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It seems to me that one of the strategic parameters your light rail group has yet to consider is how the group wishes to position its contribution to the debate. There are essentially two options, which I would describe as an advocacy approach or a consultancy approach. In reality there is no clear line between the two, but there is likely to be a significant difference in the way the group’s contribution is viewed by other stakeholders, depending on which face you present in the debate.
The advocacy approach positions your group as a partisan lobby group within the debate, with a predetermined agenda which you lobby for to the best of your ability. From that point of view, you are one voice among the many, with as much chance of having something useful to contribute as anyone else. It is a process of ‘selling’ your preferred solution to the other stakeholders.
It implies that the process you are engaging in is essentially combative and competitive, and that you have no particular interest hearing other points of view.
This approach would have a stated objective such as “Wellington builds the light rail system we describe, in the place we say, in the way we say.”
The consultancy approach positions your group as an objective commentator, providing a reasoned process for critiquing and assessing the partisan contributions of the various solutions and processes presented by their respective advocates. From that point of view you position yourselves above or to one side of the solutions-based advocacy, taking on the role of a professional advisory panel rather than a group of partisan enthusiasts.
It implies that the process you are engaging in is essentially one of consensus-building, creating a shared understanding of the various costs and benefits to different stakeholder (customer /client) groups, and seeking an outcome that meets certain agreed criteria, rather than seeking to ‘sell’ a predetermined solution.
This approach would have a stated objective such as “Wellington builds a rapid transit system that maximises usage, minimises travel time and meets the agreed environmental and financial constraints.”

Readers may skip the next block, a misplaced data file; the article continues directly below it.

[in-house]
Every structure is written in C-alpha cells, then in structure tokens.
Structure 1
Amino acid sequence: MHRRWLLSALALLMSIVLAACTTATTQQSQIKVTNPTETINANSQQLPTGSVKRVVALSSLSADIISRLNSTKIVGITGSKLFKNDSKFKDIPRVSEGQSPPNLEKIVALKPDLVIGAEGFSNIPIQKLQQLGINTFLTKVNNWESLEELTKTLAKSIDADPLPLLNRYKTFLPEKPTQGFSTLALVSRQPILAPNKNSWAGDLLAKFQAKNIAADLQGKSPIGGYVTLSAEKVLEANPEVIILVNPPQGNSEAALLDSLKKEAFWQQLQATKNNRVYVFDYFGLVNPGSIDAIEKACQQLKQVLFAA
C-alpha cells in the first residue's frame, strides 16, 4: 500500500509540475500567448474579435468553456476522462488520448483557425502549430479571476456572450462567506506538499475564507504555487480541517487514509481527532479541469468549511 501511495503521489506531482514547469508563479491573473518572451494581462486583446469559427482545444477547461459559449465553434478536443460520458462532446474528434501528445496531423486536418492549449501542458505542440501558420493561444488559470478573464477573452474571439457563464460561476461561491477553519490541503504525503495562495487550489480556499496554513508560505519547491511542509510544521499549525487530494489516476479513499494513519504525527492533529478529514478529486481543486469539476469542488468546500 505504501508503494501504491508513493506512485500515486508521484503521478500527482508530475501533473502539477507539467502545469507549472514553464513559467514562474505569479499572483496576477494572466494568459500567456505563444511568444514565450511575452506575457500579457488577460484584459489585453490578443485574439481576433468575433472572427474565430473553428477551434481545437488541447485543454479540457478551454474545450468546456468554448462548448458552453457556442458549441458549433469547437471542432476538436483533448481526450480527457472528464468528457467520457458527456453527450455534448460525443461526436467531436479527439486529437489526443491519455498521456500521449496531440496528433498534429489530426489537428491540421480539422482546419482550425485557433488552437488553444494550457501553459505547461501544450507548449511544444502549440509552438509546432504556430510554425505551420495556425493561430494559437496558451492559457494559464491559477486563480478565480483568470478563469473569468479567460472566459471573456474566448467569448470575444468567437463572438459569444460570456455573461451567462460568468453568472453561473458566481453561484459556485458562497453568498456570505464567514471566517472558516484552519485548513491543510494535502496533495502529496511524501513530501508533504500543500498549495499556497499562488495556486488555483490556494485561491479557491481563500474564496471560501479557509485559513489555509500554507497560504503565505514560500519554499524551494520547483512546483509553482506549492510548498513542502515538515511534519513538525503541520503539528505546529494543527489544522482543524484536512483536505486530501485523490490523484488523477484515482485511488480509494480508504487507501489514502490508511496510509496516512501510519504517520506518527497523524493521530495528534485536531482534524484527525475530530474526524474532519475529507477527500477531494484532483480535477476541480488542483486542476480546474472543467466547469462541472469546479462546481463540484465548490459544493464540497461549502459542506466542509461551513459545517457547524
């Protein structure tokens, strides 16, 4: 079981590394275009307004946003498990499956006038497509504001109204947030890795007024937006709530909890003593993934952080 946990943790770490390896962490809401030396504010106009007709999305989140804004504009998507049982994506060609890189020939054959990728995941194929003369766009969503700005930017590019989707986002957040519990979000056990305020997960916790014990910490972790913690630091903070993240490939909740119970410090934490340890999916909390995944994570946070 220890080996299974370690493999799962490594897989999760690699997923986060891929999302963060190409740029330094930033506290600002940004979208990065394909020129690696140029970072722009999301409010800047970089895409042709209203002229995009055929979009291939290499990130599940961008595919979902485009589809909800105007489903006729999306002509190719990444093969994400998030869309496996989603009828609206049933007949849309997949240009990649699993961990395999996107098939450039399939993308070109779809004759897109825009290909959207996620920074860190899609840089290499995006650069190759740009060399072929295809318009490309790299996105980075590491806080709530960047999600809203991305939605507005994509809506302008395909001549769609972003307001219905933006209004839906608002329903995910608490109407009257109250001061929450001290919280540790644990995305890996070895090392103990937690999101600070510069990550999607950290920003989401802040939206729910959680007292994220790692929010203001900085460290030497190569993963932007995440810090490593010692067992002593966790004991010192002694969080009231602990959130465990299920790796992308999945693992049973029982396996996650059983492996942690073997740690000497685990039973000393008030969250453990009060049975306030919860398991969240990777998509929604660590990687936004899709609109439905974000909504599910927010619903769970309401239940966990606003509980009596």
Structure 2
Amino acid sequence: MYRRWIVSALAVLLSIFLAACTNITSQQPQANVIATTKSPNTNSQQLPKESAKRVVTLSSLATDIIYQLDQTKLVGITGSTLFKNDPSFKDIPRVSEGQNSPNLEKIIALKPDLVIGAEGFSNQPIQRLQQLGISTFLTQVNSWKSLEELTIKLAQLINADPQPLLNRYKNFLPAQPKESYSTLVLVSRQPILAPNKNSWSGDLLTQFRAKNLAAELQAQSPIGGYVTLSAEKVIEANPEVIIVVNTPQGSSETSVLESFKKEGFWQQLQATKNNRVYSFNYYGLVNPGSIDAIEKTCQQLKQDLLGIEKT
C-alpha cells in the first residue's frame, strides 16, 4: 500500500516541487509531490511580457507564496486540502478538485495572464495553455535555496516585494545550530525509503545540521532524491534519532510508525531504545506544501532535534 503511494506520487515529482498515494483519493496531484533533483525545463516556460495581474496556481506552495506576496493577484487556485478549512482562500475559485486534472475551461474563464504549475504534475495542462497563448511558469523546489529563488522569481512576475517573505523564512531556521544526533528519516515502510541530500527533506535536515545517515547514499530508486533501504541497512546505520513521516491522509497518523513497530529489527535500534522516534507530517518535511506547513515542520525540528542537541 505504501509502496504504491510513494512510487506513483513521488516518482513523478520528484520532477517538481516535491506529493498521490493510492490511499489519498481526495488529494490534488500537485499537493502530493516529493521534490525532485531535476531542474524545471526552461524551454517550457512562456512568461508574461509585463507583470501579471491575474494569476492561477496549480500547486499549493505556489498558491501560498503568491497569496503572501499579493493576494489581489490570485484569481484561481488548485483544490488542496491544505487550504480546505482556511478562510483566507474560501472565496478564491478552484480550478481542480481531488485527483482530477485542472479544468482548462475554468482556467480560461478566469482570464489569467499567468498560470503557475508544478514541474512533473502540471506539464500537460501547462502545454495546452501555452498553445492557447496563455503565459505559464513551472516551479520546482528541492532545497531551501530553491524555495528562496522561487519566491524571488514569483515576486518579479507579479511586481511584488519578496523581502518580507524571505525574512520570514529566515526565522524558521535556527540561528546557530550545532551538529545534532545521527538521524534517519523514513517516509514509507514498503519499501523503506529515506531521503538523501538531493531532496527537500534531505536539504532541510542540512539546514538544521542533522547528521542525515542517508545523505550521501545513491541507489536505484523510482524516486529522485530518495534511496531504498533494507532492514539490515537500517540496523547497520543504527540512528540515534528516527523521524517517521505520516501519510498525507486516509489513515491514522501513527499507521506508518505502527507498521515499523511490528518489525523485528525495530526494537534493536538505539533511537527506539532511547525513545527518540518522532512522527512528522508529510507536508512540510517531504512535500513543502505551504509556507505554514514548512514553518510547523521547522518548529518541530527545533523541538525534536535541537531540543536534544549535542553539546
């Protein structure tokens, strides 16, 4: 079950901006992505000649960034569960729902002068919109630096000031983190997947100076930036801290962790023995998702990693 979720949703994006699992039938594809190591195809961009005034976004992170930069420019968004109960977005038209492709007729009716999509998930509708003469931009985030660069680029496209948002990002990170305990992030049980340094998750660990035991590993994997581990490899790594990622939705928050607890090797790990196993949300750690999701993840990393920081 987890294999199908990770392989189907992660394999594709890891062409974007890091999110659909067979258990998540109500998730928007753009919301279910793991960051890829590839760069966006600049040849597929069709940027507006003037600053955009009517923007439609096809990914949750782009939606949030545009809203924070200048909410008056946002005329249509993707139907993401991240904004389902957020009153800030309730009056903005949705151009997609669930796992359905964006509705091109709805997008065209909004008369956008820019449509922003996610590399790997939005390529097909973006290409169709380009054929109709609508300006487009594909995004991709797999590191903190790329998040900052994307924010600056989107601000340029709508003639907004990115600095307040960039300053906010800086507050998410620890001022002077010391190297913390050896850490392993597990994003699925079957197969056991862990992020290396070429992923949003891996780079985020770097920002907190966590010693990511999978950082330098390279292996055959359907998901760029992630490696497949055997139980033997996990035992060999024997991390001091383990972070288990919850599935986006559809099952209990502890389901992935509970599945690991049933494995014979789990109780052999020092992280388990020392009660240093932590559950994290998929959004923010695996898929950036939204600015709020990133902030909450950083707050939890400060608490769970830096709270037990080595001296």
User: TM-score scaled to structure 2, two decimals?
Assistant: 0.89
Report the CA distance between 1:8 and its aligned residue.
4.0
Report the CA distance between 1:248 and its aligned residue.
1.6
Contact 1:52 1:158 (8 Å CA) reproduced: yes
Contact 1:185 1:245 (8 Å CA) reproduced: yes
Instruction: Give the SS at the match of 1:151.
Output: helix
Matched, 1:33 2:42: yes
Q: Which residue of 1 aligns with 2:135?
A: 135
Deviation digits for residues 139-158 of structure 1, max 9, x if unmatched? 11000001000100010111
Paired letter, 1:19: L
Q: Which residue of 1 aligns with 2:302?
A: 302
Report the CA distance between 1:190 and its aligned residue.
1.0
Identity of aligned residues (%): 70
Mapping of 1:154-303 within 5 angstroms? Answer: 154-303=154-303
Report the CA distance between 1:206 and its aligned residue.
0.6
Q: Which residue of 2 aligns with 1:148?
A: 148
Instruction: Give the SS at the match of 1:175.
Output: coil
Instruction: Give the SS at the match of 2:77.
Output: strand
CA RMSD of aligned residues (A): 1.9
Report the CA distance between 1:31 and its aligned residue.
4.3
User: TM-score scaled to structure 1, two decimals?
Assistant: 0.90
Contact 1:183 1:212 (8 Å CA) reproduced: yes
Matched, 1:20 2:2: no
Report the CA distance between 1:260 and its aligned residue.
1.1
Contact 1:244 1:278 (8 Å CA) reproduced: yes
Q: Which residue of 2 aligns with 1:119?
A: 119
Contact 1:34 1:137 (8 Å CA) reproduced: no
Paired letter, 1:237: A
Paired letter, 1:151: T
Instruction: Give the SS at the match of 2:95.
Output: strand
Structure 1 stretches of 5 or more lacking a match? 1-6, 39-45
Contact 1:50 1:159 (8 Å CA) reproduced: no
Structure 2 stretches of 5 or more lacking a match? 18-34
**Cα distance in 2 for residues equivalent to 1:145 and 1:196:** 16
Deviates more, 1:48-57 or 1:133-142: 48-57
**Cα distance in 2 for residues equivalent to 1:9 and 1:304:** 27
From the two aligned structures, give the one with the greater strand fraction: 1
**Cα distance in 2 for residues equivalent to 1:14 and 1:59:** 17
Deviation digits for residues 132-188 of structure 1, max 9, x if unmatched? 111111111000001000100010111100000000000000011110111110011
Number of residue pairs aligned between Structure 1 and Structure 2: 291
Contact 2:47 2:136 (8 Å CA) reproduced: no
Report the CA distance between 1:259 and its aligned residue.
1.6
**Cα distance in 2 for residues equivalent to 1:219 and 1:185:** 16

There are advantages and disadvantages to each. The advocacy approach is easier to adopt, in that it requires less time and effort in considering alternative options, and it allows group members to give reign to their enthusiasm for their preferred solution. However, by positioning yourselves as ‘one of the crowd’ the trade off is that your contribution to the debate will be perceived by others as being on an equal footing with everyone else’s. You position yourselves as enthusiastic amateurs, regardless of any professional expertise your group may possess.
The consultancy approach is likely to be more demanding and time consuming, but it has the advantage of keeping the professional expertise of the group to the fore, thereby maximising your credibility as a voice worth listening to. It would involve demonstrating the quality of objective, informed and genuinely consultative professional analysis that you consider to have been missing from other contributions such as the Spine Study. This cannot be achieved by repeating in your approach the errors that you consider other analysts or commentators to have made.
For what it’s worth, I believe that your group has the capability to contribute to raising the standard of analysis and public debate on this issue, which no other interested party seems to have. I would very much like to see you take the high road as it were, and lead by example by taking a professional consultancy approach.
There is no shortage of people with an opinion. What there is a shortage of, so far as I can see, is a reason to believe any of them has an informed and objective viewpoint and the commitment to Wellington’s wider constituency to ensure that the debate is framed as it should be, and in a way that genuinely informs Wellingtonians about the options that exist and the relative merits of the arguments being made (or not being made) about them.